It’s the Belgian’s sixth successive nomination for the award, which recognises the best players in world football across the past 12 months.
The winner will be announced on Monday 29 November at a ceremony in Paris and in the build-up to the showpiece we’ve been reviewing each of our City stars’ highlights and stats over the last year.
Below, you can discover how and why De Bruyne made the 30-man shortlist.
De Bruyne's performance in our first match of 2021, a dominant 3-1 victory away to Chelsea, set the tone for a memorable year on both an individual and collective basis.
The Belgian operated as a false nine at Stamford Bridge, grabbing one goal and one assist as Pep Guardiola’s men swept the Londoners aside in devastating fashion.
He followed that fine form with two more Premier League assists in wins over Brighton and Crystal Palace, as City’s march to a third Premier League title in four seasons continued apace.
A hamstring injury ruled the midfielder out for a month, but he picked up where he left off on his return as the campaign’s final furlongs approached.
Among a flurry of five strikes in five matches, De Bruyne would grab the opening goal in City’s 2-1 Champions League quarter-final first leg triumph over Borussia Dortmund just one day prior to penning a two-year extension to his current deal at the Club.
And the Belgian would sign off the month with a similarly influential performance in the next round, curling home our equaliser away to Paris Saint-Germain before Riyad Mahrez completed the comeback in our first leg victory in the French capital.
With City continuing our pursuit of an unprecedented quadruple, Guardiola regularly rotated the squad to maintain sharpness, meaning De Bruyne’s influence was mainly reserved for our march to the Champions League final rather than the Premier League title.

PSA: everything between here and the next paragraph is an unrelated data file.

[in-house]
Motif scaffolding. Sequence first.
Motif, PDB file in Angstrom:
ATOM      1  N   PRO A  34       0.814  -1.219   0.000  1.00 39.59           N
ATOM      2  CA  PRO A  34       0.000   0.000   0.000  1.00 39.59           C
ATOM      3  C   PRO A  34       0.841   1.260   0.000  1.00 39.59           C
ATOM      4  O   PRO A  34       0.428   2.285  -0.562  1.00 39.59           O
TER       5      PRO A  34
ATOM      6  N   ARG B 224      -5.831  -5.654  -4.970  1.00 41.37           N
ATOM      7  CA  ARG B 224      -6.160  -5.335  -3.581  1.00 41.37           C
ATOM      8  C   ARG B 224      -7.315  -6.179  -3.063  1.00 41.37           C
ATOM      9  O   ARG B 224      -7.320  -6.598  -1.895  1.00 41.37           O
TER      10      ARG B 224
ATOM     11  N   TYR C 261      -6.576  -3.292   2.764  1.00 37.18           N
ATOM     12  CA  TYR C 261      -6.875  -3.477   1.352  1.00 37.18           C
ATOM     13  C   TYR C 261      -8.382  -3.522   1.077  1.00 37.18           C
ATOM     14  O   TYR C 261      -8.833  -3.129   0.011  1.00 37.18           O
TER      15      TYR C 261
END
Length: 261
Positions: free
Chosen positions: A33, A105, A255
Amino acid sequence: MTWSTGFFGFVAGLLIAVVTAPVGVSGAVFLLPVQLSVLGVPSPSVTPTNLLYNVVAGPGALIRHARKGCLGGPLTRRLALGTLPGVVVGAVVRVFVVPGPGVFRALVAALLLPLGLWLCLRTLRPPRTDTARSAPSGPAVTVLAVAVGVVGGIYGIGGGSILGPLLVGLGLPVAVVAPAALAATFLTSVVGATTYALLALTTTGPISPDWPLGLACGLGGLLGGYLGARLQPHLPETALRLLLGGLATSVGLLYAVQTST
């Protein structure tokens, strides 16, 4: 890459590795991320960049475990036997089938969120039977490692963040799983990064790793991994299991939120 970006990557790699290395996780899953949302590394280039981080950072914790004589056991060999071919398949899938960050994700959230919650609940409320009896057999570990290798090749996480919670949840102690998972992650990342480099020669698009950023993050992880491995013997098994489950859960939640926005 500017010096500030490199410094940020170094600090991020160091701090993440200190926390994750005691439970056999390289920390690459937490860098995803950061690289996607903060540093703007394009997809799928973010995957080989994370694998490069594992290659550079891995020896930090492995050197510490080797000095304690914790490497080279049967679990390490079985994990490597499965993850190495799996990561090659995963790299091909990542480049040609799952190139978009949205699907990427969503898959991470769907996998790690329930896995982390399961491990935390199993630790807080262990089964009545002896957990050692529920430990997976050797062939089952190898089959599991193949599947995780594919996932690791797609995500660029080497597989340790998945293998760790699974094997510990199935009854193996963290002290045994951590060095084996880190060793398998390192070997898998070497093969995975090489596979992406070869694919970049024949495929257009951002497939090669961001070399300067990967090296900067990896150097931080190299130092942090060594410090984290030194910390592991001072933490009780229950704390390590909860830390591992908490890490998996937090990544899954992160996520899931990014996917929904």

But that didn’t stop the 30-year-old from rounding off his domestic campaign with the opening goal and one further assist in a 5-0 triumph over Everton on the final day of the season.
And his stellar contributions were recognised soon after, as he became the first Premier League star in over a decade to claim the PFA Player of the Year award in successive seasons.
"He is such an important player for us and is an excellent person.
“He has done more than good since he arrived here, and he wants to continue to do it."
A facial injury sustained in May's Champions League final ruled him out of his national team’s Euro 2020 opener against Russia, but De Bruyne was in inspired form on his return, grabbing one goal and one assist as Belgium came from behind to beat Denmark 2-1.
There was no let up against Finland, as Roberto Martinez’s men reached the knockout stages with a 2-0 win in which De Bruyne laid on for Romelu Lukaku to complete the scoring.
And while Belgium were ultimately knocked out of the competition by eventual winners Italy, De Bruyne’s influence on the international stage was far from over.
Three further assists in two matches at October’s Nations League finals against France and the Azzurri followed, before De Bruyne played his part in securing his nation’s passage to the 2022 World Cup with one win and one draw against Estonia and Wales respectively.
2021 in numbers – all competitions
Matches played: 37
Minutes played: 2,548